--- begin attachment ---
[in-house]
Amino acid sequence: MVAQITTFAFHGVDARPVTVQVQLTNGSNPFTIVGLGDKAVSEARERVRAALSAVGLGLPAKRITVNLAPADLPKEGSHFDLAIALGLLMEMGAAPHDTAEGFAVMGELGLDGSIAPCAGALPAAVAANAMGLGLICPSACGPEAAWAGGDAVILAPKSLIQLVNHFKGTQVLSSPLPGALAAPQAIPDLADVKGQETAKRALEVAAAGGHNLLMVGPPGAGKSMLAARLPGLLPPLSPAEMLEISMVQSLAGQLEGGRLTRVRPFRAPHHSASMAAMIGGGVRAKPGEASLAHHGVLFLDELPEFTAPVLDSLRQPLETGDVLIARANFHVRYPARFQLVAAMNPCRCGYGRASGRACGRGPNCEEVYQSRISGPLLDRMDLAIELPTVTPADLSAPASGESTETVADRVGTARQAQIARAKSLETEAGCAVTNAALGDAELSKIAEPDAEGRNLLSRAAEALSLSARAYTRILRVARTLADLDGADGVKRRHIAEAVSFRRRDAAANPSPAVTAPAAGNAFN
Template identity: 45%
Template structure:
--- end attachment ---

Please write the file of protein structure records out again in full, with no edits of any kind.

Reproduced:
[in-house]
Amino acid sequence: MVAQITTFAFHGVDARPVTVQVQLTNGSNPFTIVGLGDKAVSEARERVRAALSAVGLGLPAKRITVNLAPADLPKEGSHFDLAIALGLLMEMGAAPHDTAEGFAVMGELGLDGSIAPCAGALPAAVAANAMGLGLICPSACGPEAAWAGGDAVILAPKSLIQLVNHFKGTQVLSSPLPGALAAPQAIPDLADVKGQETAKRALEVAAAGGHNLLMVGPPGAGKSMLAARLPGLLPPLSPAEMLEISMVQSLAGQLEGGRLTRVRPFRAPHHSASMAAMIGGGVRAKPGEASLAHHGVLFLDELPEFTAPVLDSLRQPLETGDVLIARANFHVRYPARFQLVAAMNPCRCGYGRASGRACGRGPNCEEVYQSRISGPLLDRMDLAIELPTVTPADLSAPASGESTETVADRVGTARQAQIARAKSLETEAGCAVTNAALGDAELSKIAEPDAEGRNLLSRAAEALSLSARAYTRILRVARTLADLDGADGVKRRHIAEAVSFRRRDAAANPSPAVTAPAAGNAFN
Template identity: 45%
Template structure: